It is quite possible that a developer can be hired via a phone or video interview without personally meeting the person. It is also possible that the developer is in a different time zone. This may give rise to communication difficulties where setting up meetings at a particular time can be an issue.
How to address this: At the time of signing the contract, agree on a time that the developer will be available for a status/task assignment call every day. The requirements in the contract should also state that the developer accounts for their time and tasks performed in a report that will be updated on a daily or weekly basis.
Additionally, once onboarded, the third-party developer may have difficulty working alongside other team members. This typically happens due to the feeling of being an “outsider” to the company.
How to address this: Since the developer is now officially onboarded, it is the duty of the team members and the Engineering Manager (EM) to make them feel like a part of the team. This means not only involving the developer in work-based decision making, but also requesting that they participate in other aspects of team building and getting to know members of the team.
While working as a part of the team, the third-party developer may be exposed to project data that is of a sensitive nature. There is a risk that, through negligence or ill intent, they mishandle the information and release private information to unauthorized recipients.
How to address this: After the developer's contract has come to an end, all the project- and organization-related access should be revoked to ensure none of the information is used outside the organization. The contract should also mention that none of the company or project information should be used for personal reasons, and it should highlight actions that may be taken if the developer is found to leak sensitive information. Educate the third-party developers on the critical terms and conditions of this provision.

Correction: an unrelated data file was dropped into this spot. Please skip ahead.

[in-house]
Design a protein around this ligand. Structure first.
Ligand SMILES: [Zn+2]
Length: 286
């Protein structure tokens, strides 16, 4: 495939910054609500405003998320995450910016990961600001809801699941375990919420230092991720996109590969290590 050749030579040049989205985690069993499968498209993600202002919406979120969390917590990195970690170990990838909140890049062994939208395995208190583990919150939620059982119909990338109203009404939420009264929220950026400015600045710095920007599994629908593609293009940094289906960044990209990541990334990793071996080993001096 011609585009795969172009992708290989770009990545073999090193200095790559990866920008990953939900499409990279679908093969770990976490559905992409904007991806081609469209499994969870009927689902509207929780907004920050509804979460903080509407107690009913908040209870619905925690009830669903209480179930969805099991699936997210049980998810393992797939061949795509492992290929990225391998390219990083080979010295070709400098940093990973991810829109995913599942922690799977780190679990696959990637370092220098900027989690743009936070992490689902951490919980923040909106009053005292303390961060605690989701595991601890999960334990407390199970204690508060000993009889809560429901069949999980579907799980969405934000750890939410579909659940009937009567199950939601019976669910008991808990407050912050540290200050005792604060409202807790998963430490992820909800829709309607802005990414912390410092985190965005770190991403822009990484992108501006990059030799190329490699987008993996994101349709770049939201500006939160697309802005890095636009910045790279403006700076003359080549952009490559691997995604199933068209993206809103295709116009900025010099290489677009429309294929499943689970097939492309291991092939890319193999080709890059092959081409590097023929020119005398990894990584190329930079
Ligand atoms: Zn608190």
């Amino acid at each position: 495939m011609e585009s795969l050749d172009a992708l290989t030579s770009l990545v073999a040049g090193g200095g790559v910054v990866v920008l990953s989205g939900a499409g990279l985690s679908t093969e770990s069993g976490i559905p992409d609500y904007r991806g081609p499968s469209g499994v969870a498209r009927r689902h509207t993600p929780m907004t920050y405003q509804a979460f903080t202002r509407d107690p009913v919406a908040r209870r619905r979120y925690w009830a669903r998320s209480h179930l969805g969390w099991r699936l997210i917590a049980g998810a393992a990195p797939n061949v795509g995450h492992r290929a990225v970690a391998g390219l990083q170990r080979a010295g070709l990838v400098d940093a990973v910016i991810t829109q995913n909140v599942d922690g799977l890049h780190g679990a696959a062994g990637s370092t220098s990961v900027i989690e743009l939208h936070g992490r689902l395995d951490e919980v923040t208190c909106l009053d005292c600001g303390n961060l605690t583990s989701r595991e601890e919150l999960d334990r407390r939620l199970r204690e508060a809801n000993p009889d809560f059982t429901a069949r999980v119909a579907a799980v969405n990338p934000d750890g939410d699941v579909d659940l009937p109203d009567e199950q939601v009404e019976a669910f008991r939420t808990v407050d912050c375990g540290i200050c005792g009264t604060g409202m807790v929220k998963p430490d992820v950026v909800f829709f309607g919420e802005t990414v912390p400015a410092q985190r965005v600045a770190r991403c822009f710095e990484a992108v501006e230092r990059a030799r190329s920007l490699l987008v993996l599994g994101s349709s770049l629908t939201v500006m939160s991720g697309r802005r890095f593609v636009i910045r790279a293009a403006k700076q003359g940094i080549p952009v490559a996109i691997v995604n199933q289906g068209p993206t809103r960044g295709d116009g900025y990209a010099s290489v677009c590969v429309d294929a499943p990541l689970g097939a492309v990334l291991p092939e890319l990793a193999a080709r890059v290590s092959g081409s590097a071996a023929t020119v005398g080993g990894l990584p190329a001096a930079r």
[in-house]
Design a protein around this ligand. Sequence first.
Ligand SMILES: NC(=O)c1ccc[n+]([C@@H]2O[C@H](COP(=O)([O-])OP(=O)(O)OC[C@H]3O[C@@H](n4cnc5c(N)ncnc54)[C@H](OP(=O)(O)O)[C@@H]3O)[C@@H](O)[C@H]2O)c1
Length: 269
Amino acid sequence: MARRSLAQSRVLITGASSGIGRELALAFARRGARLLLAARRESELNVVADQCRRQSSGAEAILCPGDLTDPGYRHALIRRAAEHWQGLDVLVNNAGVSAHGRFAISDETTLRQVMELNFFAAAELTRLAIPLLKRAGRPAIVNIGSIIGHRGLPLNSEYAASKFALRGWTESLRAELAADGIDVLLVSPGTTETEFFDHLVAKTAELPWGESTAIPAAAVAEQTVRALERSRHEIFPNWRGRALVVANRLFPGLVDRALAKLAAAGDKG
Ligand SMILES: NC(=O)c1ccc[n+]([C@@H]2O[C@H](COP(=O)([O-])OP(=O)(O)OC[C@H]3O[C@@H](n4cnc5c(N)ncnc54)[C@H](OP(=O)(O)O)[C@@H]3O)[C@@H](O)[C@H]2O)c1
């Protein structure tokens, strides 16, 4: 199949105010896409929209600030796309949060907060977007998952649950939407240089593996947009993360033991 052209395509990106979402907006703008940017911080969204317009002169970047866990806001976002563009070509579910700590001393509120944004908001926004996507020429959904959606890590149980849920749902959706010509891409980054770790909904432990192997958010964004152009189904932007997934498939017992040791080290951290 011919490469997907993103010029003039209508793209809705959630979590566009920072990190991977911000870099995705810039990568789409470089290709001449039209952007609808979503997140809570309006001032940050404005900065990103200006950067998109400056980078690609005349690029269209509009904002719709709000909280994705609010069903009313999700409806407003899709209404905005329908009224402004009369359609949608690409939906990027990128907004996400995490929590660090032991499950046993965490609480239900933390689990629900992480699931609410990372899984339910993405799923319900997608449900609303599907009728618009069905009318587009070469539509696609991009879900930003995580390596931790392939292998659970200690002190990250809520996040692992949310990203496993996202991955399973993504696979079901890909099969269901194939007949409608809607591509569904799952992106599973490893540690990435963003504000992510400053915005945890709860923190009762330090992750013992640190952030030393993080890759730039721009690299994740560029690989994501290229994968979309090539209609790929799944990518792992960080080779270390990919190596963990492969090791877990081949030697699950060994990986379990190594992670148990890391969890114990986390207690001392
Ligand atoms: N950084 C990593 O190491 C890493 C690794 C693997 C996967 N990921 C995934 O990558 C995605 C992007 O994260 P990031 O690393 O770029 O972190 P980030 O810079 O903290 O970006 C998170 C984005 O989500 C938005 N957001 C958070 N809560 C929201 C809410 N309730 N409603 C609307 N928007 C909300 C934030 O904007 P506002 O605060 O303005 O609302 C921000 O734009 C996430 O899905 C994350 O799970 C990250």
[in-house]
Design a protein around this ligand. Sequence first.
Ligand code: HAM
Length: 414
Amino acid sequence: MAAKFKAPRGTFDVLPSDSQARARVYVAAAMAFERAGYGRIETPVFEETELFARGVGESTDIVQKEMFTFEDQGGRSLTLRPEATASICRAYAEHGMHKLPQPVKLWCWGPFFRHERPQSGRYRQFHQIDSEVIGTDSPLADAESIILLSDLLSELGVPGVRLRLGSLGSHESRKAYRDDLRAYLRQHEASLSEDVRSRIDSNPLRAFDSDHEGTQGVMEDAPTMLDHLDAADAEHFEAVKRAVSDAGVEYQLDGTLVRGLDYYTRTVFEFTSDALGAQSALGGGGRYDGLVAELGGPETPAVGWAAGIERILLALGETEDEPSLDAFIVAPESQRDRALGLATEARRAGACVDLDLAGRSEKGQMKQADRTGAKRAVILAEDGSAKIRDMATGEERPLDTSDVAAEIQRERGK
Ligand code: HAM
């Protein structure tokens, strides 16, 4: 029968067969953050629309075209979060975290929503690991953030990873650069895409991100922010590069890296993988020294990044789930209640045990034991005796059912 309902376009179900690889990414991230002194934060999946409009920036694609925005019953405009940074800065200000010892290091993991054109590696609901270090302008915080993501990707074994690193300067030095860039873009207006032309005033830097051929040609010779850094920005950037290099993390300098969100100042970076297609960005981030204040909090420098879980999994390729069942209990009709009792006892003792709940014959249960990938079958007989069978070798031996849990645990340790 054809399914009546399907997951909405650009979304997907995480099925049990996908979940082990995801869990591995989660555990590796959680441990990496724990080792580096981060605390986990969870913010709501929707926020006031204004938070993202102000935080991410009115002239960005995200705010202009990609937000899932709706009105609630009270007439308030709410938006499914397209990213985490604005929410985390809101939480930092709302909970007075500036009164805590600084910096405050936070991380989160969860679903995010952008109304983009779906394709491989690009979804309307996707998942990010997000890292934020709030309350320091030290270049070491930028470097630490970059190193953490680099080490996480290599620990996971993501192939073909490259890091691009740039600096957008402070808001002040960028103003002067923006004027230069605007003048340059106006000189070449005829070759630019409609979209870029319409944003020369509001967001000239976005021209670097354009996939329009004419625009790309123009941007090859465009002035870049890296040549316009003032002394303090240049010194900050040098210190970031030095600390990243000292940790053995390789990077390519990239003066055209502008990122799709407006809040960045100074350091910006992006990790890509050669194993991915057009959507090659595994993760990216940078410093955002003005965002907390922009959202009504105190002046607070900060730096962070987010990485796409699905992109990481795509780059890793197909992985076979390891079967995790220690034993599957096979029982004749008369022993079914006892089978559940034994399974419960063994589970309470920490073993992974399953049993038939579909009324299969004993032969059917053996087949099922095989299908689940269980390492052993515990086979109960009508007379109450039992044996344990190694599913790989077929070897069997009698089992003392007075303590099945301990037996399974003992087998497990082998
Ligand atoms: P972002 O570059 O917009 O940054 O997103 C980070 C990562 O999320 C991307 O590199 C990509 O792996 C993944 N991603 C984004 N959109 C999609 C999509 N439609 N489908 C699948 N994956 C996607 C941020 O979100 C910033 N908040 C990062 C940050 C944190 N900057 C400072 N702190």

The SOW may contain information that is not clear to the developer. They may make assumptions about the project only to find that it does not meet their expectations. Often, the work or task may turn out to be more complicated than anticipated, which can lead to delays in the agreed-upon timelines.
How to address this: At the time of handing over the SOW, the developer should be given a demonstration that explains the working of each task in detail. Based on the demo, the developer can then clarify any misunderstandings from the SOW.
The above-mentioned risks will differ based on the length of the contract. For example, the third-party developers that are hired until a project is completed will find that communication and collaboration gaps reduce over time, in contrast to the developers that are hired for a mere 2-3 weeks. It is likely that the latter would not have enough time to overcome these difficulties.
The key to minimizing risks is forward planning, timely communication, consistent follow-ups, and empowering your team members with relevant project and deadline information.
Here are some field-tested ways to seamlessly onboard third-party developers into your team.